“Instead of waiting until a normal registration pool time to do this, we’re able to provide individual service. It seems to be turning out very well for us,” Myers said. “We believe our conversion rate (for this fall) will be much higher.”

Emphasis on job training

The booming economy might keep potential students solely in the job market instead of enrolling in college, but it also presents opportunities. For example, colleges can offer workforce training for companies, a growing number of whom are helping with the costs.

“There are more potential adult learners who have tuition help,” SLCC’s Farley said.

A partnership between Arkansas State University-Mountain Home and Baxter Regional Medical Center is helping to keep college costs down for eligible healthcare students. (Photo: ASUMH)

Myers notes that he sees some impact on enrollment from ASUMH’s evolving partnerships with industry, such as with Baxter Regional Medical Center. The healthcare facility provides tuition, fees and other costs for students in the college’s licensed practical nurse, registered nurse or paramedic programs. Moreover, the center pays them $500 a month while in college and guarantees them a job when they graduate.

“This is driving a lot of interest in those programs,” Myers said. “Although there hasn’t been an increase in registering for these programs yet, the prerequisite courses students must take before signing up for them in the spring are filling up.”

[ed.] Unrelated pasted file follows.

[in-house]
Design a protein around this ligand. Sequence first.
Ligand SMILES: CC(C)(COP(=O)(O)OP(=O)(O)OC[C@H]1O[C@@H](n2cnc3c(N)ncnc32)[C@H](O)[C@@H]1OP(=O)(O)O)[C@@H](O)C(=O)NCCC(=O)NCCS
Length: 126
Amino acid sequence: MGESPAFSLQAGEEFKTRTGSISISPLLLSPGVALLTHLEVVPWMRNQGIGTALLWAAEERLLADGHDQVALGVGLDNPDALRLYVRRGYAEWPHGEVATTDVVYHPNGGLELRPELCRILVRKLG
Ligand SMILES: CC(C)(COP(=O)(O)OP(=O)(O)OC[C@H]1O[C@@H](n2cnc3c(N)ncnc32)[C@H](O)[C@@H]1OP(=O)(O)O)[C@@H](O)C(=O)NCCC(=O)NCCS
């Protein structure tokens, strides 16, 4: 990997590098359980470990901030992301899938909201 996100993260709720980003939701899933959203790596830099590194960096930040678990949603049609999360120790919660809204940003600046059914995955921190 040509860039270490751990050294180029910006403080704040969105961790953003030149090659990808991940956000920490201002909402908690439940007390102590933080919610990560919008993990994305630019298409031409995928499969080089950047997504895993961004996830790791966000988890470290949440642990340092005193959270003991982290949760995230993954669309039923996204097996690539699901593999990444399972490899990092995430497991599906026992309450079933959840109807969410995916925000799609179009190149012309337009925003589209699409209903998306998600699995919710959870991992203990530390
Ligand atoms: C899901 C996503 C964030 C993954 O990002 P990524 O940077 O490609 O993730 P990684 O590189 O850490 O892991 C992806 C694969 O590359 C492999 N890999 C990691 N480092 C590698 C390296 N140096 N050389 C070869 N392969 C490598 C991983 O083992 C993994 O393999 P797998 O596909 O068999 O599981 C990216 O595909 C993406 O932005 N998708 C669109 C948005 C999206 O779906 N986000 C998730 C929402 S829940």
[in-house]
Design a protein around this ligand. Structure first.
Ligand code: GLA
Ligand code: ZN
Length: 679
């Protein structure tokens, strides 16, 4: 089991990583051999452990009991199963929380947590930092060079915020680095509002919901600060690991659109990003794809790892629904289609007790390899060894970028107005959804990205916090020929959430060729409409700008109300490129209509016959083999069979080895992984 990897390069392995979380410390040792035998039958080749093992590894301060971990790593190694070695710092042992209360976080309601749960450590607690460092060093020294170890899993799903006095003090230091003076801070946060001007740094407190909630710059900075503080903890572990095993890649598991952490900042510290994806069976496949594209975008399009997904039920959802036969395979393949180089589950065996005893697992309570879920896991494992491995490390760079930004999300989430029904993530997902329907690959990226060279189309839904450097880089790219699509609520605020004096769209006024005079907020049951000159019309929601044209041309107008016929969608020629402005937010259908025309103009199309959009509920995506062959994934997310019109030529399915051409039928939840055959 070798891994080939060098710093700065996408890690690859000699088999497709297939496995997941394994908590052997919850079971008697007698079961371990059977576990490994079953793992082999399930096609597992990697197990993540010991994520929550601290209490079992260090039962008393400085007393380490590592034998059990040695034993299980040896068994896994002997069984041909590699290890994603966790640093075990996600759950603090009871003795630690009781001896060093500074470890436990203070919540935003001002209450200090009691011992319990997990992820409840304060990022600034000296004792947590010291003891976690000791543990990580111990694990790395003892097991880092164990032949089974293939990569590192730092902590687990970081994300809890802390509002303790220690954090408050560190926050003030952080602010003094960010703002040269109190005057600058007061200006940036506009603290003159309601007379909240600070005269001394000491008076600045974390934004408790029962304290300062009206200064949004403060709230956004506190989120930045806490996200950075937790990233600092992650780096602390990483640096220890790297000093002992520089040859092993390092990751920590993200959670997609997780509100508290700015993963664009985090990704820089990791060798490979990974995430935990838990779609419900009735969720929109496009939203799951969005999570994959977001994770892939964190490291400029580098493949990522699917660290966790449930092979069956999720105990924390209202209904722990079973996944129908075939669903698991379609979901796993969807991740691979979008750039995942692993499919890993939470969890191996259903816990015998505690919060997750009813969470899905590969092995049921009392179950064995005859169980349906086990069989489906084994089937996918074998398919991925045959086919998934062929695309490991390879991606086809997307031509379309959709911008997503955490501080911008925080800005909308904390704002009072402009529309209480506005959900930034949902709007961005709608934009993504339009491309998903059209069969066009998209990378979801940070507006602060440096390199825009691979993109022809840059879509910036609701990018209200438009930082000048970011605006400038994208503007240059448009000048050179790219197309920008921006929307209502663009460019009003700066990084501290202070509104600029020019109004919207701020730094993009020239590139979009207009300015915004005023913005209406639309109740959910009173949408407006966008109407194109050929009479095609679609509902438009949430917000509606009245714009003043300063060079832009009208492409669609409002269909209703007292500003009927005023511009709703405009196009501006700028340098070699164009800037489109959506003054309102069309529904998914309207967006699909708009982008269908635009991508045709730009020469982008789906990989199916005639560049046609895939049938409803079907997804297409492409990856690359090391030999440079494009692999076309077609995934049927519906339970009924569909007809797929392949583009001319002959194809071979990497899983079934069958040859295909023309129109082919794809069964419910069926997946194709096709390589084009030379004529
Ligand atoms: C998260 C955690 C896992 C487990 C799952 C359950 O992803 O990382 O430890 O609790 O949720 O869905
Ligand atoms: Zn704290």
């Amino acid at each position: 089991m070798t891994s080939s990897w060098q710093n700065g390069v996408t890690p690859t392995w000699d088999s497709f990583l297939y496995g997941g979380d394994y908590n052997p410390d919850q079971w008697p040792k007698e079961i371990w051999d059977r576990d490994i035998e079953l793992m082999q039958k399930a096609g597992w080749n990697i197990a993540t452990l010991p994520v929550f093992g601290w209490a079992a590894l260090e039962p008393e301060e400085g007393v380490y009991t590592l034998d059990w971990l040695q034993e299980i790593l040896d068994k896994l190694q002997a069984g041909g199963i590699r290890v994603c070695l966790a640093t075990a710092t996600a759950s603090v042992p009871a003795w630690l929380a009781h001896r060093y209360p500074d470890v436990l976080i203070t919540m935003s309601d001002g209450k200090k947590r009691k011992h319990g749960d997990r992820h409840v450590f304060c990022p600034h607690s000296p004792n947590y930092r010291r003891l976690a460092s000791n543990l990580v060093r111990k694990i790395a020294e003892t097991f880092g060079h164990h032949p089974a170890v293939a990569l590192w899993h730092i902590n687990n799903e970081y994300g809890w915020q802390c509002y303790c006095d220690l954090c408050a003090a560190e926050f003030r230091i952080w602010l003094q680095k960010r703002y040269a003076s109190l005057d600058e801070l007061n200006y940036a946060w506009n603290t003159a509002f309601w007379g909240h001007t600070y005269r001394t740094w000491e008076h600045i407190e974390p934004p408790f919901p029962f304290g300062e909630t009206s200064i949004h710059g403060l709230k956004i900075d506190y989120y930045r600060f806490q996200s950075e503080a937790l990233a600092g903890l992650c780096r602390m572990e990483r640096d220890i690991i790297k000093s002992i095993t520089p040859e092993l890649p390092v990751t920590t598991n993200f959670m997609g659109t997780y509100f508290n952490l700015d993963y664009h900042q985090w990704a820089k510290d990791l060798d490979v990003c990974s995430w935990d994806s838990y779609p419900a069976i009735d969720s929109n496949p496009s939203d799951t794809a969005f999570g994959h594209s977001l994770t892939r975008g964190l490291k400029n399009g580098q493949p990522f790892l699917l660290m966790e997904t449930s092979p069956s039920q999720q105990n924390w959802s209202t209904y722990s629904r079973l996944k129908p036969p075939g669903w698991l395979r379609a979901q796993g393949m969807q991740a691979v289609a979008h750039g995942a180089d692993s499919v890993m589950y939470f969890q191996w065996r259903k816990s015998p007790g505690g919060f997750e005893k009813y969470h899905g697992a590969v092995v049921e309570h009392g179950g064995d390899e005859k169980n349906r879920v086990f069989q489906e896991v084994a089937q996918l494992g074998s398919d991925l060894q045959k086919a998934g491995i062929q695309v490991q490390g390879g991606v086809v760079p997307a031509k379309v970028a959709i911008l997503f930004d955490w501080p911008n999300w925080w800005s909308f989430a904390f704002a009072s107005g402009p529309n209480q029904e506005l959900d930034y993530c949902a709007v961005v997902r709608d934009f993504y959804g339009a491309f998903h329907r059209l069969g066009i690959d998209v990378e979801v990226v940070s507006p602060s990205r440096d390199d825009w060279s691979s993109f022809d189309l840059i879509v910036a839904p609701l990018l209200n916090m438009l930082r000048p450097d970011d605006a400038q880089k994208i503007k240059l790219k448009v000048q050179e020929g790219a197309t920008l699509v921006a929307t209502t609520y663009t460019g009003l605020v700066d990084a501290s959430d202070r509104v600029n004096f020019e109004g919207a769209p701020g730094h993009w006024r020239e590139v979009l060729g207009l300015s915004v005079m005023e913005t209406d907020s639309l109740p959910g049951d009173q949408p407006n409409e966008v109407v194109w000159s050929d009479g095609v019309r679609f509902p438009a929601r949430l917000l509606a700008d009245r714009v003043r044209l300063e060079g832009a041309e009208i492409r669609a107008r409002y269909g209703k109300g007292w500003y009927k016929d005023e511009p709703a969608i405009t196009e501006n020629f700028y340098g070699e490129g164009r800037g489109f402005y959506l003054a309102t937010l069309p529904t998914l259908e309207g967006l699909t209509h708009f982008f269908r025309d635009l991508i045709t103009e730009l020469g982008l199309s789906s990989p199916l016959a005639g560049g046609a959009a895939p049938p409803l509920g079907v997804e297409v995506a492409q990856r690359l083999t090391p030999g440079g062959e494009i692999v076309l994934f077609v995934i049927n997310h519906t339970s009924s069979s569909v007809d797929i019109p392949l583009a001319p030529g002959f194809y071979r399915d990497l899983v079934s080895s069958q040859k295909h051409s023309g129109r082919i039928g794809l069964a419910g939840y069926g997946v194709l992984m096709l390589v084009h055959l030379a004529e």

Joe Gilgour, president of Mineral Area College (MAC) in Missouri, reports that summer enrollments are down slightly compared to last year. But, he expects an increase in enrollment this fall due to the expansion of the college’s service area and new programs. It is opening a new campus in Cape Girardeau this fall, a move that should bring in about 200 students, he said.

MAC also has expanded from offering a core of general education for transfer degrees to courses in the career technical area. The expansion includes welding, which it is offering this summer, and an HVAC program starting this fall. Starting in fall 2023, the college will hold these courses in an 80,000-square-foot technical building now under construction. The facility will also house new programs like machine tools, fiber optics and construction management. In addition, the college is offering training for phlebotomists, certified nursing assistants, community health workers and paramedics.

Gilgour noted that the building and program expansion are responses to local industries’ needs.